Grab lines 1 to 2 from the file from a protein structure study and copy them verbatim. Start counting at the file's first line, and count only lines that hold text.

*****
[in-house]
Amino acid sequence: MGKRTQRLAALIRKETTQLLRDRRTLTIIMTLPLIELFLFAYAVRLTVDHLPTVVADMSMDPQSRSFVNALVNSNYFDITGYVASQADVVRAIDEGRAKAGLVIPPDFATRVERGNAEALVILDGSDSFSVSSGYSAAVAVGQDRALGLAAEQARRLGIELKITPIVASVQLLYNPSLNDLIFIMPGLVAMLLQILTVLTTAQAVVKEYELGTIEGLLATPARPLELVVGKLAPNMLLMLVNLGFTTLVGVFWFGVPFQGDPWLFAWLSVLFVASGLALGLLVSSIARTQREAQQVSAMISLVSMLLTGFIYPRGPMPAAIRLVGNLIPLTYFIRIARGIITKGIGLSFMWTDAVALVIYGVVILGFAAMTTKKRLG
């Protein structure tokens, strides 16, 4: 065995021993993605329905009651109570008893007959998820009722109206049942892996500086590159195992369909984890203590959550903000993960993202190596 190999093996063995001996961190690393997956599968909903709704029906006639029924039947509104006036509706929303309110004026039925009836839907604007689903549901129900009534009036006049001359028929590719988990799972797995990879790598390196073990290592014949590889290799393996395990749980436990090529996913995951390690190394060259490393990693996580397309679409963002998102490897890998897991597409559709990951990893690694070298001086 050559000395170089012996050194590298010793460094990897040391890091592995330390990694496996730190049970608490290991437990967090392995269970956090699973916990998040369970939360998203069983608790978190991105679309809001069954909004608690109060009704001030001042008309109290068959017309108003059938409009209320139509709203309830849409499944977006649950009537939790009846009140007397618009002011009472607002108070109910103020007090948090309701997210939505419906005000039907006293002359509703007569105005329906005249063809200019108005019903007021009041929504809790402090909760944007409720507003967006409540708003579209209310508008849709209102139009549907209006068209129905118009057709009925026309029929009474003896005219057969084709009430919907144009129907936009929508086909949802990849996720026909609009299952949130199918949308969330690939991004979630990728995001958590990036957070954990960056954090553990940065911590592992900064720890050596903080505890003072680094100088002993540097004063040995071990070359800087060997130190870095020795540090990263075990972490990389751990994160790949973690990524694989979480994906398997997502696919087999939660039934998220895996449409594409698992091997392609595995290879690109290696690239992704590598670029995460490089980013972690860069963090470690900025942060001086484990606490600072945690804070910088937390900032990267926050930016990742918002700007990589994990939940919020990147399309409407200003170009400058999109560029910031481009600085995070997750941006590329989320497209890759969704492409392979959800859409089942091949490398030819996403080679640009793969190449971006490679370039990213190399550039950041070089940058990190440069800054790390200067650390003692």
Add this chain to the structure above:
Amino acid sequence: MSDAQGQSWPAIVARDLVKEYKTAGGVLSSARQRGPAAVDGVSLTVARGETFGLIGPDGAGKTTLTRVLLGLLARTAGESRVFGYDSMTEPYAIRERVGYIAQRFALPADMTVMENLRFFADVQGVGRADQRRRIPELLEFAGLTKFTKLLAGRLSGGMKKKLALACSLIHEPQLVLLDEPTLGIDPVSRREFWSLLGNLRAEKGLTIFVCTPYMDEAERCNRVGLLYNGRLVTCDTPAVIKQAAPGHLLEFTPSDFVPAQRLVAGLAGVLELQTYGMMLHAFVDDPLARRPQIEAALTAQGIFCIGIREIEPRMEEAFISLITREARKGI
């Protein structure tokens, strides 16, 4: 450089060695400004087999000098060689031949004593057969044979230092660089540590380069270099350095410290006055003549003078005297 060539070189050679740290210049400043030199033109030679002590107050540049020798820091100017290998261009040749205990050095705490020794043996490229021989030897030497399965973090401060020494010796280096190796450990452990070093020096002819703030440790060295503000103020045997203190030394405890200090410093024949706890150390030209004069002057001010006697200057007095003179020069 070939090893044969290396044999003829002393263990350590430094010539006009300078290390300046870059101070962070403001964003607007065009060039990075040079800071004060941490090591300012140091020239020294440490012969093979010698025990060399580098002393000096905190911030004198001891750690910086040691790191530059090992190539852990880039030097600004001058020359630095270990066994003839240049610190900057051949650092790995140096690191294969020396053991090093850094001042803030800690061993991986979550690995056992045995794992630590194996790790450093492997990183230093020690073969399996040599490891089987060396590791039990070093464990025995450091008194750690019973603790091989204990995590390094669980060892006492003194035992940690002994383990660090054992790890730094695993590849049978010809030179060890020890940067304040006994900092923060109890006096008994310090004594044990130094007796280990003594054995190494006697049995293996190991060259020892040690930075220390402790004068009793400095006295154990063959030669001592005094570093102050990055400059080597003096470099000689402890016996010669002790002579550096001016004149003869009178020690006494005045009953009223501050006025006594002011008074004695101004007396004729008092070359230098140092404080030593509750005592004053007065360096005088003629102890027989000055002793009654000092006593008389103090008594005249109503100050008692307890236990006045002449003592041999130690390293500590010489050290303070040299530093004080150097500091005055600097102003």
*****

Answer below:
[in-house]
Amino acid sequence: MGKRTQRLAALIRKETTQLLRDRRTLTIIMTLPLIELFLFAYAVRLTVDHLPTVVADMSMDPQSRSFVNALVNSNYFDITGYVASQADVVRAIDEGRAKAGLVIPPDFATRVERGNAEALVILDGSDSFSVSSGYSAAVAVGQDRALGLAAEQARRLGIELKITPIVASVQLLYNPSLNDLIFIMPGLVAMLLQILTVLTTAQAVVKEYELGTIEGLLATPARPLELVVGKLAPNMLLMLVNLGFTTLVGVFWFGVPFQGDPWLFAWLSVLFVASGLALGLLVSSIARTQREAQQVSAMISLVSMLLTGFIYPRGPMPAAIRLVGNLIPLTYFIRIARGIITKGIGLSFMWTDAVALVIYGVVILGFAAMTTKKRLG